10 am - 12:30 pm
“If to do were as easy as to know what were good to do, chapels had been churches, and poor men’s cottages princes’ palaces. It is a good divine that follows his own instructions: I can easier teach twenty what were good to be done, than be one of the twenty to follow mine own teaching.”
Shakespeare’s Merchant of Venice explores many themes: justice, mercy, revenge, self-interest, love, intolerance and hypocrisy. Shakespeare gives us two very different societies: Venice is a cosmopolitan center of trade, rife with capitalism and religious intolerance. It represents wealth and greed and is controlled almost entirely by men. Belmont represents an almost fairytale-like land of wealth, beauty and peace and in Belmont, the women seem to hold sway. But what makes this play so interesting is the incongruity between what these places seem to be and what they really are: just as the characters espouse one virtue but enact another. What happens when these two worlds collide? Is it indeed, easier to know what “were good to be done” than to do it? Michelle Shupe will make her Shakespeare Project directing debut.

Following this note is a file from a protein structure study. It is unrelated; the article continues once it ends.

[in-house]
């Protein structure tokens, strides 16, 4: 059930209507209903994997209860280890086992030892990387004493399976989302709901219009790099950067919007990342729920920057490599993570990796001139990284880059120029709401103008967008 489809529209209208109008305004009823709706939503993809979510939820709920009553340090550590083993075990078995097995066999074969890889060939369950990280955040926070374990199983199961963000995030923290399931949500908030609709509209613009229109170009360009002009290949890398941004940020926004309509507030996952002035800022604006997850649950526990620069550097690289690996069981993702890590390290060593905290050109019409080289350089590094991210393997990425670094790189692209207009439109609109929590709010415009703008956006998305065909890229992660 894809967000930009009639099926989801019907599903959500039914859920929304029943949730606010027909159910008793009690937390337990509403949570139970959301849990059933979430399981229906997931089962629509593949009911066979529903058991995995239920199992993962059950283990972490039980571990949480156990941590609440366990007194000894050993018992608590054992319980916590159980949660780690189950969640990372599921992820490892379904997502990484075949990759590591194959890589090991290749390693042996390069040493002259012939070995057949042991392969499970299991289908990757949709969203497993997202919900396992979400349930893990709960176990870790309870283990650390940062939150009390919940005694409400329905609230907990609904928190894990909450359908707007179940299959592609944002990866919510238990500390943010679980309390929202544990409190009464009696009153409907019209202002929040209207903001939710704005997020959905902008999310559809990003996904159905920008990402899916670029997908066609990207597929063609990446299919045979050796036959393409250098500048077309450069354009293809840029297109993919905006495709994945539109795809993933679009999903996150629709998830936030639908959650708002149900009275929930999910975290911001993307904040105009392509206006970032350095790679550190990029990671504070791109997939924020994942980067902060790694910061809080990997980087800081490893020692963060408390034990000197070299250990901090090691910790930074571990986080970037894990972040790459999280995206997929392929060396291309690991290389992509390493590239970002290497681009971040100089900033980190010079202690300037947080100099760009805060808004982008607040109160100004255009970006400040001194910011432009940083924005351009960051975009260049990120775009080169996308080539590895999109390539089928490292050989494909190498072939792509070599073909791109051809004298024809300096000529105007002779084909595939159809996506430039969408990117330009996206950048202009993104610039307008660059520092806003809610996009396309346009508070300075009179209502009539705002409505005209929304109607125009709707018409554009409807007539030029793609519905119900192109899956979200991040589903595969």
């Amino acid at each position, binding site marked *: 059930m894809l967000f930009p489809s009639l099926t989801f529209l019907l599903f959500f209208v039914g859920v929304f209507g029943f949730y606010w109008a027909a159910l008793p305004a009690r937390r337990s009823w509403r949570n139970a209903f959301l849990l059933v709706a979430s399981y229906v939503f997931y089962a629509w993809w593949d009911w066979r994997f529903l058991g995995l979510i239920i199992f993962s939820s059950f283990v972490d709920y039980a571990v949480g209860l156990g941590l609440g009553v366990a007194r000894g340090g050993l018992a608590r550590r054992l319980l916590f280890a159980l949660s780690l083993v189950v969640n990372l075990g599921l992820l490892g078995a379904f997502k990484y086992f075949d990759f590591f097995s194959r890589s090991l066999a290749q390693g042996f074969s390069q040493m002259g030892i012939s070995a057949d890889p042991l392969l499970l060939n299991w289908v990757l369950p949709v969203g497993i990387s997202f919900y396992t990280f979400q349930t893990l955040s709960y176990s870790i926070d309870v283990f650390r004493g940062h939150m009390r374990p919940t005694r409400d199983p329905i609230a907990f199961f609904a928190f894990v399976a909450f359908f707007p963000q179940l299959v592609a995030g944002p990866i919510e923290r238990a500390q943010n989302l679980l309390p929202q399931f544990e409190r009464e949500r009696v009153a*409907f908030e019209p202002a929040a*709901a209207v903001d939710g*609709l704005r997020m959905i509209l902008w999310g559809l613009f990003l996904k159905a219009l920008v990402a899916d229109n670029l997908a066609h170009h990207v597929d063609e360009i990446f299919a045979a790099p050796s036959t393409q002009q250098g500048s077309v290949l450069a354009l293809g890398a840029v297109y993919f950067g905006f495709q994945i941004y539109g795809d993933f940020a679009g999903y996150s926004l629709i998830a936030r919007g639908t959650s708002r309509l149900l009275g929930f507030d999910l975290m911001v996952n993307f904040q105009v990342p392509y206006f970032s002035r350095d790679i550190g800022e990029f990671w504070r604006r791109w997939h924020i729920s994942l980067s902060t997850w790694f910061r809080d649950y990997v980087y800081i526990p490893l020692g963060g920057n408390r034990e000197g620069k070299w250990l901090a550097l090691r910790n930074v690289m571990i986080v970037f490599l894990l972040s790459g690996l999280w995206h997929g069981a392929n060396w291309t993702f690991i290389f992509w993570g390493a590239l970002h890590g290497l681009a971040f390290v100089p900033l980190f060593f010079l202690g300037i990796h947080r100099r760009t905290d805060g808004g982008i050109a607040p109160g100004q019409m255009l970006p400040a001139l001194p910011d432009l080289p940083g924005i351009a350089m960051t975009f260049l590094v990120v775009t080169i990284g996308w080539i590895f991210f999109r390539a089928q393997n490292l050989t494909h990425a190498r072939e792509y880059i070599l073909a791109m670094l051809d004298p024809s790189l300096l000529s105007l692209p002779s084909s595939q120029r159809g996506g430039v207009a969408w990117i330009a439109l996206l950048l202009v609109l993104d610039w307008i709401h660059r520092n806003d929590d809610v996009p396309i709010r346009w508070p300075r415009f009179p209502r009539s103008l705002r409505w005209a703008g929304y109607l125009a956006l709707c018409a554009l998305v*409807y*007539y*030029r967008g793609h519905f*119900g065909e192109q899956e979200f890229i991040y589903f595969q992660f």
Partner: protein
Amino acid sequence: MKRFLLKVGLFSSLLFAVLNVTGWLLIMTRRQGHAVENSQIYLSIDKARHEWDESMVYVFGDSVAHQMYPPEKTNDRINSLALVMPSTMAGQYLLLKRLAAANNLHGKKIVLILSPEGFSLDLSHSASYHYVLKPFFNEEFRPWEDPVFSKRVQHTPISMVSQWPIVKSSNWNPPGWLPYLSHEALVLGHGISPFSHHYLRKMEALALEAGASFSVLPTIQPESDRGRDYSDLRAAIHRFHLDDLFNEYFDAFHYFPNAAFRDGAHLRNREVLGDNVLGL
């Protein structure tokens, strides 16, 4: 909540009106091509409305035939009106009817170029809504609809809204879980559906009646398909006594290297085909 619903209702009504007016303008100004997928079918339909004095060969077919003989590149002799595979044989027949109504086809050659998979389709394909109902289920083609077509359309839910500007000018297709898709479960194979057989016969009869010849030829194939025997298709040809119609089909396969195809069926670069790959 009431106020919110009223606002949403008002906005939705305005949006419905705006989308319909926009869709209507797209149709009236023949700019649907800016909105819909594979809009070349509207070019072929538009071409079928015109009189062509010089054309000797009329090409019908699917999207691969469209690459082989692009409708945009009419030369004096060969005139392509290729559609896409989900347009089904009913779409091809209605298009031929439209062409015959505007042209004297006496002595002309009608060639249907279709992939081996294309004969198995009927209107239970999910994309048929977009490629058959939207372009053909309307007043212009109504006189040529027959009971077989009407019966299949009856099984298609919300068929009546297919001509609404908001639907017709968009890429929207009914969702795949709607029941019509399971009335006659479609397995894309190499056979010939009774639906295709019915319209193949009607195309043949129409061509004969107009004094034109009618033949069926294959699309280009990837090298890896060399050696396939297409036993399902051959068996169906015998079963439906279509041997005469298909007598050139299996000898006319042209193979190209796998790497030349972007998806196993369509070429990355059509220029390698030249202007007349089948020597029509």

A staged reading by professional actors from The Shakespeare Project of Chicago. An informative talk begins fifteen minutes before the performance, which is followed by a question-and-answer session with the director and cast. The Shakespeare Project was founded in 1993 and has performed at the Newberry Library since 2003.
Cosponsored by the Newberry Public Programs department.
Learn more about Center for Renaissance Studies programs.
This program is free and open to the public; no tickets or advanced registration is required.